Missing Mexico Students
Relatives carry photos of the missing students in Mexico City, Mexico, July 26, 2015. Reuters/Stringer

A team of independent investigators, probing the disappearance and alleged killing of 43 college students at the hands of criminal gangs in 2014 in Mexico, is set to dispute the government’s account of what happened, reports said Friday. The investigative team sent by the Inter-American Commission on Human Rights, which will reveal its final report Sunday, is expected to say it was unable to solve the case due to unwillingness by the government to cooperate.

The international panel faced a sustained campaign of harassment, stonewalling and intimidation, the New York Times reported. The panel of experts alleged that the investigators endured planned attacks from Mexican news media and a refusal by the government to turn over documents or grant interviews with essential figures.

"We have not found the political conditions to keep working in Mexico," one of the people close to the investigation told the Wall Street Journal.

However, the Mexican government refuted the claims Friday, and reportedly said that it “has shown at all times collaboration and disposition to work” with the probe, “giving its full support to uncover the truth on these tragic events.”

The Mexican government had earlier concluded that the 43 students, who were in the city of Iguala in southwestern Mexico as part of a protest, were kidnapped by police officers working for criminal gangs, who then killed and incinerated them in a garbage dump of a nearby town.

The attorney general, who led the government probe, reportedly called the office’s finding the “historic truth.”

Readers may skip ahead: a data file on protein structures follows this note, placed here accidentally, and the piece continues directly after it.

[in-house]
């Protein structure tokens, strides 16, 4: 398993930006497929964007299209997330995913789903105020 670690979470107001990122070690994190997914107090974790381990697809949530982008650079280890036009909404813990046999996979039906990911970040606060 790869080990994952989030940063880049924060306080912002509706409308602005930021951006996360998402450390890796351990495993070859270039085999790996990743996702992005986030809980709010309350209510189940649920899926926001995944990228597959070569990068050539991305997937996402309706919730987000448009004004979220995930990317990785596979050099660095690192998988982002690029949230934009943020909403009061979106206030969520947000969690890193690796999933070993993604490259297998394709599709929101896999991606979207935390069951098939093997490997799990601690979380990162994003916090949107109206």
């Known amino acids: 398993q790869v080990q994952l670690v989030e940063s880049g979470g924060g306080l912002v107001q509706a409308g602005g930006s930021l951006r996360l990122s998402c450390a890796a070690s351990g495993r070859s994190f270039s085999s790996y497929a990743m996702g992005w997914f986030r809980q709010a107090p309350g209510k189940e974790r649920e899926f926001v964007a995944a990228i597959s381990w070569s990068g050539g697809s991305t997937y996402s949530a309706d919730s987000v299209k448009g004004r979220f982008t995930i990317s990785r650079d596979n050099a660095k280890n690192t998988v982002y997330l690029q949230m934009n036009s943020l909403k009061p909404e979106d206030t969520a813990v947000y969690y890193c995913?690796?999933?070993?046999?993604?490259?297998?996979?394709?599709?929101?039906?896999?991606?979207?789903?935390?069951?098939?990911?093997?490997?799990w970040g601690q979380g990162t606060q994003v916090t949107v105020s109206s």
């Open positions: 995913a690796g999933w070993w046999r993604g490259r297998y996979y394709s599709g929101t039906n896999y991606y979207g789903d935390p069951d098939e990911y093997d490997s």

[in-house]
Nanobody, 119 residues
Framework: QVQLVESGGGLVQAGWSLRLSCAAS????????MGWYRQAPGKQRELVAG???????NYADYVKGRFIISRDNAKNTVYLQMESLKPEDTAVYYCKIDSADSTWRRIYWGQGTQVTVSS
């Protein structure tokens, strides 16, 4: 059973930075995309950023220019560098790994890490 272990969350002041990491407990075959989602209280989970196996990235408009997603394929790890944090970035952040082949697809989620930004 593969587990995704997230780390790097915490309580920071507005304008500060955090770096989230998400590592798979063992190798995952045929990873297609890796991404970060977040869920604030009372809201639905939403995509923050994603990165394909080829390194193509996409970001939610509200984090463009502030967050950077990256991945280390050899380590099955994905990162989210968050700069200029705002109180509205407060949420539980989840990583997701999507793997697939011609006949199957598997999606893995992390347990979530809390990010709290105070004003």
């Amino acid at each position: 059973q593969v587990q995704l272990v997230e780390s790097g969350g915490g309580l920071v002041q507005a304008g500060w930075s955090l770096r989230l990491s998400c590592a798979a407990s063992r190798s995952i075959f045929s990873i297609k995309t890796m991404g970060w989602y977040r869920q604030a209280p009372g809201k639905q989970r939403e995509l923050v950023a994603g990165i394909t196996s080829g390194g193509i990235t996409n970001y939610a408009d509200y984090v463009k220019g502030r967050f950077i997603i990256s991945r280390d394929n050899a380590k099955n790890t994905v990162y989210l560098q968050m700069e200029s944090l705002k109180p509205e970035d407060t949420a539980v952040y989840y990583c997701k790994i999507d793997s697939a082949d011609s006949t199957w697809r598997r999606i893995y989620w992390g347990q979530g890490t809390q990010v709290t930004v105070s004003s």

The independent investigators have opposed this version and maintained that the government’s account of the events was based in part on confessions apparently extracted by torture. The panel also dismissed the theory that the students were burnt beyond identification at a rubbish dump as physically impossible.

“The conditions to conduct our work don’t exist,” Claudia Paz y Paz, a panel member, told the Times. “And in Mexico, the proof is that the government opposed the extension of our mandate, isn’t it?”

Relatives of the disappeared students have also disputed the government's account of what happened in September 2014, and protested the government’s refusal to let the soldiers, who were in the area at the time of the disappearance, be questioned by anyone but government prosecutors.

Mexico’s government has increasingly been accused by activists of serious human rights violations in recent years, including extrajudicial killings, enforced disappearances and torture. In 2015 alone, there were 453 cases of disappearances, local media reported, earlier in April.